THE REVOLUTIONARY DUALMODE TRANSPORTATION SYSTEM
by Jerry Schneider
Professor Emeritus, Urban Planning and Civil Engineering,
University of Washington,
This book is a rare treat. Francis Reynolds has offered us a bold vision of a future national-scale transportation concept (with global implications) that deserves wide dissemination and discussion. That our urban and intercity transportation systems are in serious difficulty is apparent to us all. But it is also apparent that no solutions are being put forth either by industry, academia, think tanks or public officials that offer any substantial prospect for relief. Most simply complain bitterly about our ruinous congestion, safety and air quality problems and are especially worried about our high level of vulnerability to likely reductions in the availability of oil in the future. Few have attempted to even think about how these problems might be overcome let alone invent a reasonable and comprehensive approach to dealing with them.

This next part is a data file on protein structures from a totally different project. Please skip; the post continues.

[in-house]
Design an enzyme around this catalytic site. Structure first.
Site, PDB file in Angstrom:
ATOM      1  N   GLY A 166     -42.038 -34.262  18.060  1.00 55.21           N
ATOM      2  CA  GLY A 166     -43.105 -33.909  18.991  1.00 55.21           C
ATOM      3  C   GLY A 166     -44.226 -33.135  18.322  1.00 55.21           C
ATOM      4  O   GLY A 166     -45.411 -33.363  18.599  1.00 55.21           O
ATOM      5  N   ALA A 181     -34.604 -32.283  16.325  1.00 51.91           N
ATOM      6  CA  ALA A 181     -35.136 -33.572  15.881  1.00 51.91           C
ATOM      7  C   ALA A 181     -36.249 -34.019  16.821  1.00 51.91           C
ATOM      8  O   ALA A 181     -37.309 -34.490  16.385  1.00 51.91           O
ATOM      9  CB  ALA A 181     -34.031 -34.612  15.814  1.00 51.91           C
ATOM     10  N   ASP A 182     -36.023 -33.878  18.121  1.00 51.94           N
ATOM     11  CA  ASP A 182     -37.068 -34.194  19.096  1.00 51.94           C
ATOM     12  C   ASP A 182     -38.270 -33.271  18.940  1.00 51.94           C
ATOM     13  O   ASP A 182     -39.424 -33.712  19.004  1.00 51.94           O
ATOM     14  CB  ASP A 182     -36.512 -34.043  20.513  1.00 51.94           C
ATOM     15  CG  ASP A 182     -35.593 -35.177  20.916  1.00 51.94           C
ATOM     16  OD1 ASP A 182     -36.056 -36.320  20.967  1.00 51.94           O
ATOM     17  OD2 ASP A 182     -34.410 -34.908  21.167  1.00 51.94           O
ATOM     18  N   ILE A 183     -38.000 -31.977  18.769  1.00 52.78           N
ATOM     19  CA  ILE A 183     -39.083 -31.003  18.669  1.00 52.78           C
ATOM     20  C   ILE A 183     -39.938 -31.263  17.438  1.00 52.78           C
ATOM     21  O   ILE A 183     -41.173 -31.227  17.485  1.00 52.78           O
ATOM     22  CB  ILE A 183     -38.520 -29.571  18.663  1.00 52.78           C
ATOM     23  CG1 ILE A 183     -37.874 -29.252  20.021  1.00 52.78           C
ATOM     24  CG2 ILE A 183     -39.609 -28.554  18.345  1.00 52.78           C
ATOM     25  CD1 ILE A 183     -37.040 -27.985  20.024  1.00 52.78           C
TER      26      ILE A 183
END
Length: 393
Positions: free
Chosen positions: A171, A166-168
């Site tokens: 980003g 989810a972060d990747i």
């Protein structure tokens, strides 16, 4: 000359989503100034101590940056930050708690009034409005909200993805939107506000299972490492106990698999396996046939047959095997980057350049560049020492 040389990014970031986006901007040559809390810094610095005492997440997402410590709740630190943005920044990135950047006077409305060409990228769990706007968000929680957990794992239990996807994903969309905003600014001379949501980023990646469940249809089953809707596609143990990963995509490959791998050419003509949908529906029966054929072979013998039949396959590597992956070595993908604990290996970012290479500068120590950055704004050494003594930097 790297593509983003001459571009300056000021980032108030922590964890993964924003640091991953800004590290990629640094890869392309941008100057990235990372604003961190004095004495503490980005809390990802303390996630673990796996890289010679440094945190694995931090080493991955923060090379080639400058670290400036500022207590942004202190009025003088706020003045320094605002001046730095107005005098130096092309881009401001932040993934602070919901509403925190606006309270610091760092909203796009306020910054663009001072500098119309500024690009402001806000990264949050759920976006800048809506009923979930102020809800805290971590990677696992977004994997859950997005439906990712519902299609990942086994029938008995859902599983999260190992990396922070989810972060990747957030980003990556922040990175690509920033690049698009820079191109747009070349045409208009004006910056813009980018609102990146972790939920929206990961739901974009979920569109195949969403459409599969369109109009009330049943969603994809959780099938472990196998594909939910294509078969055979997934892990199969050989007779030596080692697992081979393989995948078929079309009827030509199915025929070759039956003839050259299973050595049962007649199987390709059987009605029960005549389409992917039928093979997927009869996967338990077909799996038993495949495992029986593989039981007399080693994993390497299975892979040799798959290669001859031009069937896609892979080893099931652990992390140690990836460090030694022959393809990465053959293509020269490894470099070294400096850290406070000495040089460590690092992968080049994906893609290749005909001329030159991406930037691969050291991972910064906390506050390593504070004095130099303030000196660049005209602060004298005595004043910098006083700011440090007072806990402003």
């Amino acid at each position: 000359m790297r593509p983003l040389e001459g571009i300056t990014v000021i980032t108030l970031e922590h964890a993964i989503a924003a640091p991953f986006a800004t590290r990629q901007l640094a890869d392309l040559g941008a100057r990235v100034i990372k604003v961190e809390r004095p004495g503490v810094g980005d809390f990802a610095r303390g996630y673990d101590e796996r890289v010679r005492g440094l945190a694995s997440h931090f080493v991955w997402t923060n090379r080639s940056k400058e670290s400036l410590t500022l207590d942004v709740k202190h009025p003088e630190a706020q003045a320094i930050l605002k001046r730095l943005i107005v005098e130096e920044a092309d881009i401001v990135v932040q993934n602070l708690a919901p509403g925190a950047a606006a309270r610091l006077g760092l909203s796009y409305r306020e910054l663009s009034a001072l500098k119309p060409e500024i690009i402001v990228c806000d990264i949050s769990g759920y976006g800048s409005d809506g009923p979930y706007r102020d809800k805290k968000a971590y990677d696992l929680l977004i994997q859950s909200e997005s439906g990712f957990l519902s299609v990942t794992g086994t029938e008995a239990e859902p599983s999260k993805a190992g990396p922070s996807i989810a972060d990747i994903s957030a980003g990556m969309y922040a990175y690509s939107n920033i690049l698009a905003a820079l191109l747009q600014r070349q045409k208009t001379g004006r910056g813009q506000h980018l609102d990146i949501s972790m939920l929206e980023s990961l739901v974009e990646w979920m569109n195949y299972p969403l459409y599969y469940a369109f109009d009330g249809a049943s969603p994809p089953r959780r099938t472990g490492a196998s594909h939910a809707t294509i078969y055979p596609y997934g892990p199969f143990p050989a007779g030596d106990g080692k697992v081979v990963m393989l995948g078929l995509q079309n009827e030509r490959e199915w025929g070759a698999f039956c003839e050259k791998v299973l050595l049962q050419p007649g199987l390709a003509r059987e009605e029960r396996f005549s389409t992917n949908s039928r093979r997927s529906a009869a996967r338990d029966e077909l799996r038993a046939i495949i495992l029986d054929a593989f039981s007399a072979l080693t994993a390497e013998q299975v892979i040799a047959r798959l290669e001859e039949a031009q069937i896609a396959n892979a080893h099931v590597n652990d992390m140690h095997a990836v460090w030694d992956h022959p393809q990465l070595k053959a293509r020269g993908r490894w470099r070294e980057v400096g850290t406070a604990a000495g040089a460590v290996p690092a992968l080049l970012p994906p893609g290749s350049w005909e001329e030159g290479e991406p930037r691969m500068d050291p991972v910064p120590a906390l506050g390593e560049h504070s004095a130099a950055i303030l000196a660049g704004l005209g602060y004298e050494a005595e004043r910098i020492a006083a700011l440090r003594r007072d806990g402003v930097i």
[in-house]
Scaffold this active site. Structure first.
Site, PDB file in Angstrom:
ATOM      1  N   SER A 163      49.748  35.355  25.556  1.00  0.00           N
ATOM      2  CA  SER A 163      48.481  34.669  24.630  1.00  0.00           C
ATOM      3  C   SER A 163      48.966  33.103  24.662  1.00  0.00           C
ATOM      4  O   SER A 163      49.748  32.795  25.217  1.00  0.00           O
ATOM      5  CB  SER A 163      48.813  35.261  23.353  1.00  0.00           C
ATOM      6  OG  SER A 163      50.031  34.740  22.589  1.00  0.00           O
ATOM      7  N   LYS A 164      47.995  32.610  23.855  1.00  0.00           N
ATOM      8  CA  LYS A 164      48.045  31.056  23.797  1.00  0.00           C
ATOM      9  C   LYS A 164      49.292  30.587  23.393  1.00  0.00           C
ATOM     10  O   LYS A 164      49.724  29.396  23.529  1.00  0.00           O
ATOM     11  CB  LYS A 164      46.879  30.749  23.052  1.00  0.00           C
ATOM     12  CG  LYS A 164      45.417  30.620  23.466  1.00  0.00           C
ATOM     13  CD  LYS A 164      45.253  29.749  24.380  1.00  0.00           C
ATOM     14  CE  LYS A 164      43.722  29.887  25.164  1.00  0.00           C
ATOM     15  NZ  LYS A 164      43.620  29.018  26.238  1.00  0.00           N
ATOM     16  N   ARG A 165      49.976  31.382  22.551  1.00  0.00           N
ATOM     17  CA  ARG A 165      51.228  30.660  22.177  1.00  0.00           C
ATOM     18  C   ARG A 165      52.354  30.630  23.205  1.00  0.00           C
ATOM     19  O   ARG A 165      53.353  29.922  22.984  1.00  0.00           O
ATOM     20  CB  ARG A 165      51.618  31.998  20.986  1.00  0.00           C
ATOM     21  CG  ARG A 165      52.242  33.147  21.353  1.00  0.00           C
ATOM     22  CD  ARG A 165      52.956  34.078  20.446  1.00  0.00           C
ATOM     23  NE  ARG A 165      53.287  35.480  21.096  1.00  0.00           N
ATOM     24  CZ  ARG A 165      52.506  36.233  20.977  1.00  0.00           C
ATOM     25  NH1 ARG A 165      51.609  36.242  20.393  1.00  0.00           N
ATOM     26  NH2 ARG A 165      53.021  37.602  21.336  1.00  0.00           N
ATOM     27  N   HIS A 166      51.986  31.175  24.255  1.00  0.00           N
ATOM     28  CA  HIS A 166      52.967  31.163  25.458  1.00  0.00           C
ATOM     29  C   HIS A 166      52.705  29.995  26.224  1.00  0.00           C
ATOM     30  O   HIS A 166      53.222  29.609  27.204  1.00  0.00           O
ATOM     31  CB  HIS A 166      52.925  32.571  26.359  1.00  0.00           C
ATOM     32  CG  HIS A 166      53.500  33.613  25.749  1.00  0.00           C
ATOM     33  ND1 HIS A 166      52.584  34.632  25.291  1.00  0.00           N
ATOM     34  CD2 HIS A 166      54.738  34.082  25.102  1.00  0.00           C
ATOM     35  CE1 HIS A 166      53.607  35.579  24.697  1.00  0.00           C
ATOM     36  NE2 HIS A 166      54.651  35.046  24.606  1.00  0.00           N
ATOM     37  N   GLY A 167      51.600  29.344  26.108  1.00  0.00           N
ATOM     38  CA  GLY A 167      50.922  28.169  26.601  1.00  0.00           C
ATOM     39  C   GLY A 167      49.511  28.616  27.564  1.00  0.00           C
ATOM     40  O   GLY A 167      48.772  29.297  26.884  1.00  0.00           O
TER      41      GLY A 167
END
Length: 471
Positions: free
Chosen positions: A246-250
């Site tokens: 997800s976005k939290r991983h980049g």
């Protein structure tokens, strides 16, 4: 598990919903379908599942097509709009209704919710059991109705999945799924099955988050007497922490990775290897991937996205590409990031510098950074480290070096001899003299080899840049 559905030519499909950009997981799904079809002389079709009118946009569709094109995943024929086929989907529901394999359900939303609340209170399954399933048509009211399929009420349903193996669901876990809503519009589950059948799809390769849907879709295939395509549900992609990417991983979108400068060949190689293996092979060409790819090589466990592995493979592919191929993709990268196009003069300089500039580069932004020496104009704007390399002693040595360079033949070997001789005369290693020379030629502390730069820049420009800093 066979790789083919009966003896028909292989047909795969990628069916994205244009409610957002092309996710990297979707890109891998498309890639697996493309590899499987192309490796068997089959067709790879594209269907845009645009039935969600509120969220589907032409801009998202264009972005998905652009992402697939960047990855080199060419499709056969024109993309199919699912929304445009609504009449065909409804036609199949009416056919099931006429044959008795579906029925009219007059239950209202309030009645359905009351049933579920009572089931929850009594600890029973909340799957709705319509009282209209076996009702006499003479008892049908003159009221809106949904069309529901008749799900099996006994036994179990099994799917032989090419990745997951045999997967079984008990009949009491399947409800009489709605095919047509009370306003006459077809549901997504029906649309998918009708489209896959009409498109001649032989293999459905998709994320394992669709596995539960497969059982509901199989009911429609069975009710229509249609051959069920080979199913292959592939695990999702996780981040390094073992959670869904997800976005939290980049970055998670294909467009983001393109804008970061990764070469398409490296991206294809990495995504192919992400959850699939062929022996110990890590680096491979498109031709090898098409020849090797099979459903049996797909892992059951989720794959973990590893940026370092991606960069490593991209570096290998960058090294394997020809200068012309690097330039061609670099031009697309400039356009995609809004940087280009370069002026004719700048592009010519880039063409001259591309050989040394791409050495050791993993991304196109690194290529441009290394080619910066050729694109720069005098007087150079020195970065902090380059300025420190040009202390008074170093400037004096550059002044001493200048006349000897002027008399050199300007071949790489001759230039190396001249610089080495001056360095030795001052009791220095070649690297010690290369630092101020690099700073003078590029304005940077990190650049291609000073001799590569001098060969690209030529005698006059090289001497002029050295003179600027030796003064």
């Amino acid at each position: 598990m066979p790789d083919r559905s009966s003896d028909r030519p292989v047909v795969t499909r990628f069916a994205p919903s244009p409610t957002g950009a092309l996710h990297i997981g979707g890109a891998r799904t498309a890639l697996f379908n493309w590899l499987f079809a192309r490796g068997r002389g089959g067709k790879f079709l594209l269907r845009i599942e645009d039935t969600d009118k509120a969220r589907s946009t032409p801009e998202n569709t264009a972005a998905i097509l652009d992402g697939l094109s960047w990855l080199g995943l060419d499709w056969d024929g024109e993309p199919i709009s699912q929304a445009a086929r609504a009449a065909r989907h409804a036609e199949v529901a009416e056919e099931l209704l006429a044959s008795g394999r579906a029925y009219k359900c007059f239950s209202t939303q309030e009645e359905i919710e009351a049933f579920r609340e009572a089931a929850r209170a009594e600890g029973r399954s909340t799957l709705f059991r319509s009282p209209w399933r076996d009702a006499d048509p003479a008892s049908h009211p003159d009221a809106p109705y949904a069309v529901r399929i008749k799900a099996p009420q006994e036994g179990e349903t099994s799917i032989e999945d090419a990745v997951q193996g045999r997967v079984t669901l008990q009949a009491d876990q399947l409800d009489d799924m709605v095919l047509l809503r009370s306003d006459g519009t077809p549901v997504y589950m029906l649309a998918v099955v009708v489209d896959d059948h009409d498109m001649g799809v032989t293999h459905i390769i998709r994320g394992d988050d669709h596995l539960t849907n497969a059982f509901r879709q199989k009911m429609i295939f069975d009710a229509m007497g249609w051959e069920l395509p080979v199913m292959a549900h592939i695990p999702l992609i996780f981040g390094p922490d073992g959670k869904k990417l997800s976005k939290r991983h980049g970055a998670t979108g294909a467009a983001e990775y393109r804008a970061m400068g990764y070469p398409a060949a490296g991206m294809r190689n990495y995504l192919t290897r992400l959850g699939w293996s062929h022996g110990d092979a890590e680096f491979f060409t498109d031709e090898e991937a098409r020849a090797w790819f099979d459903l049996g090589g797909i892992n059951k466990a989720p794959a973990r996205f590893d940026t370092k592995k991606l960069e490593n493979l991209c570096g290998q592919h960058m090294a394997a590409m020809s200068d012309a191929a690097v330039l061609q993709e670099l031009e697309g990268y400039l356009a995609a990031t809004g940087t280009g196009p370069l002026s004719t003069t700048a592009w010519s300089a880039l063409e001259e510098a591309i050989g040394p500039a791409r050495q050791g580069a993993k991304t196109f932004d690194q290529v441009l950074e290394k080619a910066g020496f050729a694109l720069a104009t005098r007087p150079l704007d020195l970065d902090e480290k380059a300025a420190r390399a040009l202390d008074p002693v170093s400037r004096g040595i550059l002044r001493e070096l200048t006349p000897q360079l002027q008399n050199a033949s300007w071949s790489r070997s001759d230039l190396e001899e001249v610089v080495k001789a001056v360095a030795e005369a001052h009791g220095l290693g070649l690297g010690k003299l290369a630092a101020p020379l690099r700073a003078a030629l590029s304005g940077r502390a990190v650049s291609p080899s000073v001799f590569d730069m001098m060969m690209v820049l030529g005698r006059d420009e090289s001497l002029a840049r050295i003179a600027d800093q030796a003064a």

Most recently, attention has been focused on the reauthorization of the federal transportation program. The major stakeholders have identified their funding needs for building and maintaining highways and transit systems during this period and they are staggering. The bill has also been burdened with a very large number of "earmarks" for many projects that have little to do with transportation. Yet, the needs are great. For example, the American Association of State Highway and Transportation Officials has recently produced a report entitled “The Bottom Line”. It concludes that an average of $92 billion per year will be needed to maintain the current physical condition and performance of the highway system over the next 20 years and that $126 billion per year will be needed to improve the system. Further, they estimate that $19 billion is needed annually to maintain the nation’s transit systems, while another $44 billion is the annual estimated need for transit system improvements. The total annual bill - $281 billion! And, they don’t even deal with our air, rail and water transportation facilities and services where the infrastructure needs are also huge.